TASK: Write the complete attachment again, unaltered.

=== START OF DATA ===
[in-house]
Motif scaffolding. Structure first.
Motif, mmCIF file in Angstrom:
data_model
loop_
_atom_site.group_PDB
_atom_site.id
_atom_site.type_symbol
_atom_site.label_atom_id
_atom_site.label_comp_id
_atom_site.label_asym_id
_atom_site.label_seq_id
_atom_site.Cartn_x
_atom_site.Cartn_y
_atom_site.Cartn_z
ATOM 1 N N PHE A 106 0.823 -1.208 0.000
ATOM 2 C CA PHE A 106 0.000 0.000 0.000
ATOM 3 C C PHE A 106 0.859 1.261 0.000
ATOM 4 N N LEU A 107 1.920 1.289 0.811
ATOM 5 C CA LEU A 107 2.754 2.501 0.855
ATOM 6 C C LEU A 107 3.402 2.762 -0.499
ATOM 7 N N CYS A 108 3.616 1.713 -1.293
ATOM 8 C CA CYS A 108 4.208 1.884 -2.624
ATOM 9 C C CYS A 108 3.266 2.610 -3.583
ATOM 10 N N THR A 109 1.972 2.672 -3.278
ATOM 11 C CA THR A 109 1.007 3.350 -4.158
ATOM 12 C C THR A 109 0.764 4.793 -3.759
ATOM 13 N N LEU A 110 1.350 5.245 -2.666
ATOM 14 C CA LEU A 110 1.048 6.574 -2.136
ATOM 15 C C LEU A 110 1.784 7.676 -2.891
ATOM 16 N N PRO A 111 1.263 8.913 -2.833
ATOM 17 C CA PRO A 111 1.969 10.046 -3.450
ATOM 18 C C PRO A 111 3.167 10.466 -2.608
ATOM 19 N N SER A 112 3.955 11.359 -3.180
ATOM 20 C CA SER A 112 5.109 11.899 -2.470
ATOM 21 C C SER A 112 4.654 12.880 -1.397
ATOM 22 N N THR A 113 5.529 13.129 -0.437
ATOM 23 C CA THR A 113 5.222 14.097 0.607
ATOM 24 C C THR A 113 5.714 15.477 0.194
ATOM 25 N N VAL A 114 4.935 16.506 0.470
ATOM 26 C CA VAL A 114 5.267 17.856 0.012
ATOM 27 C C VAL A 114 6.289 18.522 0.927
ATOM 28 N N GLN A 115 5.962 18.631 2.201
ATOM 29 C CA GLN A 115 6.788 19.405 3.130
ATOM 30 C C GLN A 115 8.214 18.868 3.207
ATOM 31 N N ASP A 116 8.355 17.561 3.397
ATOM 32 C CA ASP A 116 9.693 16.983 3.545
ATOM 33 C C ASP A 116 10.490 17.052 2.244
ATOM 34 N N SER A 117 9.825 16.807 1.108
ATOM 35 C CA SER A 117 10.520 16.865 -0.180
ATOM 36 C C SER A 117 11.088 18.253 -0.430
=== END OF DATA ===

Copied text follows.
[in-house]
Motif scaffolding. Structure first.
Motif, mmCIF file in Angstrom:
data_model
loop_
_atom_site.group_PDB
_atom_site.id
_atom_site.type_symbol
_atom_site.label_atom_id
_atom_site.label_comp_id
_atom_site.label_asym_id
_atom_site.label_seq_id
_atom_site.Cartn_x
_atom_site.Cartn_y
_atom_site.Cartn_z
ATOM 1 N N PHE A 106 0.823 -1.208 0.000
ATOM 2 C CA PHE A 106 0.000 0.000 0.000
ATOM 3 C C PHE A 106 0.859 1.261 0.000
ATOM 4 N N LEU A 107 1.920 1.289 0.811
ATOM 5 C CA LEU A 107 2.754 2.501 0.855
ATOM 6 C C LEU A 107 3.402 2.762 -0.499
ATOM 7 N N CYS A 108 3.616 1.713 -1.293
ATOM 8 C CA CYS A 108 4.208 1.884 -2.624
ATOM 9 C C CYS A 108 3.266 2.610 -3.583
ATOM 10 N N THR A 109 1.972 2.672 -3.278
ATOM 11 C CA THR A 109 1.007 3.350 -4.158
ATOM 12 C C THR A 109 0.764 4.793 -3.759
ATOM 13 N N LEU A 110 1.350 5.245 -2.666
ATOM 14 C CA LEU A 110 1.048 6.574 -2.136
ATOM 15 C C LEU A 110 1.784 7.676 -2.891
ATOM 16 N N PRO A 111 1.263 8.913 -2.833
ATOM 17 C CA PRO A 111 1.969 10.046 -3.450
ATOM 18 C C PRO A 111 3.167 10.466 -2.608
ATOM 19 N N SER A 112 3.955 11.359 -3.180
ATOM 20 C CA SER A 112 5.109 11.899 -2.470
ATOM 21 C C SER A 112 4.654 12.880 -1.397
ATOM 22 N N THR A 113 5.529 13.129 -0.437
ATOM 23 C CA THR A 113 5.222 14.097 0.607
ATOM 24 C C THR A 113 5.714 15.477 0.194
ATOM 25 N N VAL A 114 4.935 16.506 0.470
ATOM 26 C CA VAL A 114 5.267 17.856 0.012
ATOM 27 C C VAL A 114 6.289 18.522 0.927
ATOM 28 N N GLN A 115 5.962 18.631 2.201
ATOM 29 C CA GLN A 115 6.788 19.405 3.130
ATOM 30 C C GLN A 115 8.214 18.868 3.207
ATOM 31 N N ASP A 116 8.355 17.561 3.397
ATOM 32 C CA ASP A 116 9.693 16.983 3.545
ATOM 33 C C ASP A 116 10.490 17.052 2.244
ATOM 34 N N SER A 117 9.825 16.807 1.108
ATOM 35 C CA SER A 117 10.520 16.865 -0.180
ATOM 36 C C SER A 117 11.088 18.253 -0.430